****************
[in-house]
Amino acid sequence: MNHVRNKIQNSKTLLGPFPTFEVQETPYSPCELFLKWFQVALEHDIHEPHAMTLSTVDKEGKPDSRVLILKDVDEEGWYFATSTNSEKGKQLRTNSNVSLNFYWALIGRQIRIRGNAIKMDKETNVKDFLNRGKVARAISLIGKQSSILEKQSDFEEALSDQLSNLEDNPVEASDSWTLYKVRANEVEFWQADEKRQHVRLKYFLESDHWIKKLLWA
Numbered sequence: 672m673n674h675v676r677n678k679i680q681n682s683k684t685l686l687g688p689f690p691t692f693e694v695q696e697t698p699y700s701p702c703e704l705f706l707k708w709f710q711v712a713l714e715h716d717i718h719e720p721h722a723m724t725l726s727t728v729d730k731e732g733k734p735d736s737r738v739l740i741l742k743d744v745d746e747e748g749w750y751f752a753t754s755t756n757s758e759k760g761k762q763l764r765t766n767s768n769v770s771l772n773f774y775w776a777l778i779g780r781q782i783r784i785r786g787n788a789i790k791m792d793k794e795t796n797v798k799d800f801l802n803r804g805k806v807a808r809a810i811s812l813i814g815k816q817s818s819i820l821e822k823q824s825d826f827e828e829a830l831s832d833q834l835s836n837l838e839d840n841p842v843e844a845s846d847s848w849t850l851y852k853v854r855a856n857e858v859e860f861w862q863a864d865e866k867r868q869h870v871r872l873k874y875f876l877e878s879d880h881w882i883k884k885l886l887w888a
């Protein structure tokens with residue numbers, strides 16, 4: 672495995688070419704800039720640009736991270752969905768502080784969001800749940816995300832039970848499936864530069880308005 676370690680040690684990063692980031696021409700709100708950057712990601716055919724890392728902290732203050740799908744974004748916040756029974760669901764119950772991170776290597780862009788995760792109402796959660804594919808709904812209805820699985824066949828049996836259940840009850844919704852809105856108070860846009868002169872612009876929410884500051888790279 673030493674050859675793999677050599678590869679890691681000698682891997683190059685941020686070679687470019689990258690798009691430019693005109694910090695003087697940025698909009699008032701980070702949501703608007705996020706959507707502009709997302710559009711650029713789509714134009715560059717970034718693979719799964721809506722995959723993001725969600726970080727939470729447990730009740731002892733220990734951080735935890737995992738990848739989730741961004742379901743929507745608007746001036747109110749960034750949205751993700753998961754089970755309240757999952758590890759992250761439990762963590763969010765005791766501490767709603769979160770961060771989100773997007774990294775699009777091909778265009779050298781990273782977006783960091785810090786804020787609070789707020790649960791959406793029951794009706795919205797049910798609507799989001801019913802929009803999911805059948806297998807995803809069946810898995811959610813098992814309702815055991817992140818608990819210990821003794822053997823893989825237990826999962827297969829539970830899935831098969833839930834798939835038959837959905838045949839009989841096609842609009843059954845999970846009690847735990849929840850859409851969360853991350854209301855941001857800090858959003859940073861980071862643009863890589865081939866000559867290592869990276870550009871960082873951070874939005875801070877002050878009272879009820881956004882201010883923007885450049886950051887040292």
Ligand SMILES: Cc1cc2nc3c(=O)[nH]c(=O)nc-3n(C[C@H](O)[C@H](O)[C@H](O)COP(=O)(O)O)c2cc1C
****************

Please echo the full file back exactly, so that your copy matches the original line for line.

[in-house]
Amino acid sequence: MNHVRNKIQNSKTLLGPFPTFEVQETPYSPCELFLKWFQVALEHDIHEPHAMTLSTVDKEGKPDSRVLILKDVDEEGWYFATSTNSEKGKQLRTNSNVSLNFYWALIGRQIRIRGNAIKMDKETNVKDFLNRGKVARAISLIGKQSSILEKQSDFEEALSDQLSNLEDNPVEASDSWTLYKVRANEVEFWQADEKRQHVRLKYFLESDHWIKKLLWA
Numbered sequence: 672m673n674h675v676r677n678k679i680q681n682s683k684t685l686l687g688p689f690p691t692f693e694v695q696e697t698p699y700s701p702c703e704l705f706l707k708w709f710q711v712a713l714e715h716d717i718h719e720p721h722a723m724t725l726s727t728v729d730k731e732g733k734p735d736s737r738v739l740i741l742k743d744v745d746e747e748g749w750y751f752a753t754s755t756n757s758e759k760g761k762q763l764r765t766n767s768n769v770s771l772n773f774y775w776a777l778i779g780r781q782i783r784i785r786g787n788a789i790k791m792d793k794e795t796n797v798k799d800f801l802n803r804g805k806v807a808r809a810i811s812l813i814g815k816q817s818s819i820l821e822k823q824s825d826f827e828e829a830l831s832d833q834l835s836n837l838e839d840n841p842v843e844a845s846d847s848w849t850l851y852k853v854r855a856n857e858v859e860f861w862q863a864d865e866k867r868q869h870v871r872l873k874y875f876l877e878s879d880h881w882i883k884k885l886l887w888a
């Protein structure tokens with residue numbers, strides 16, 4: 672495995688070419704800039720640009736991270752969905768502080784969001800749940816995300832039970848499936864530069880308005 676370690680040690684990063692980031696021409700709100708950057712990601716055919724890392728902290732203050740799908744974004748916040756029974760669901764119950772991170776290597780862009788995760792109402796959660804594919808709904812209805820699985824066949828049996836259940840009850844919704852809105856108070860846009868002169872612009876929410884500051888790279 673030493674050859675793999677050599678590869679890691681000698682891997683190059685941020686070679687470019689990258690798009691430019693005109694910090695003087697940025698909009699008032701980070702949501703608007705996020706959507707502009709997302710559009711650029713789509714134009715560059717970034718693979719799964721809506722995959723993001725969600726970080727939470729447990730009740731002892733220990734951080735935890737995992738990848739989730741961004742379901743929507745608007746001036747109110749960034750949205751993700753998961754089970755309240757999952758590890759992250761439990762963590763969010765005791766501490767709603769979160770961060771989100773997007774990294775699009777091909778265009779050298781990273782977006783960091785810090786804020787609070789707020790649960791959406793029951794009706795919205797049910798609507799989001801019913802929009803999911805059948806297998807995803809069946810898995811959610813098992814309702815055991817992140818608990819210990821003794822053997823893989825237990826999962827297969829539970830899935831098969833839930834798939835038959837959905838045949839009989841096609842609009843059954845999970846009690847735990849929840850859409851969360853991350854209301855941001857800090858959003859940073861980071862643009863890589865081939866000559867290592869990276870550009871960082873951070874939005875801070877002050878009272879009820881956004882201010883923007885450049886950051887040292």
Ligand SMILES: Cc1cc2nc3c(=O)[nH]c(=O)nc-3n(C[C@H](O)[C@H](O)[C@H](O)COP(=O)(O)O)c2cc1C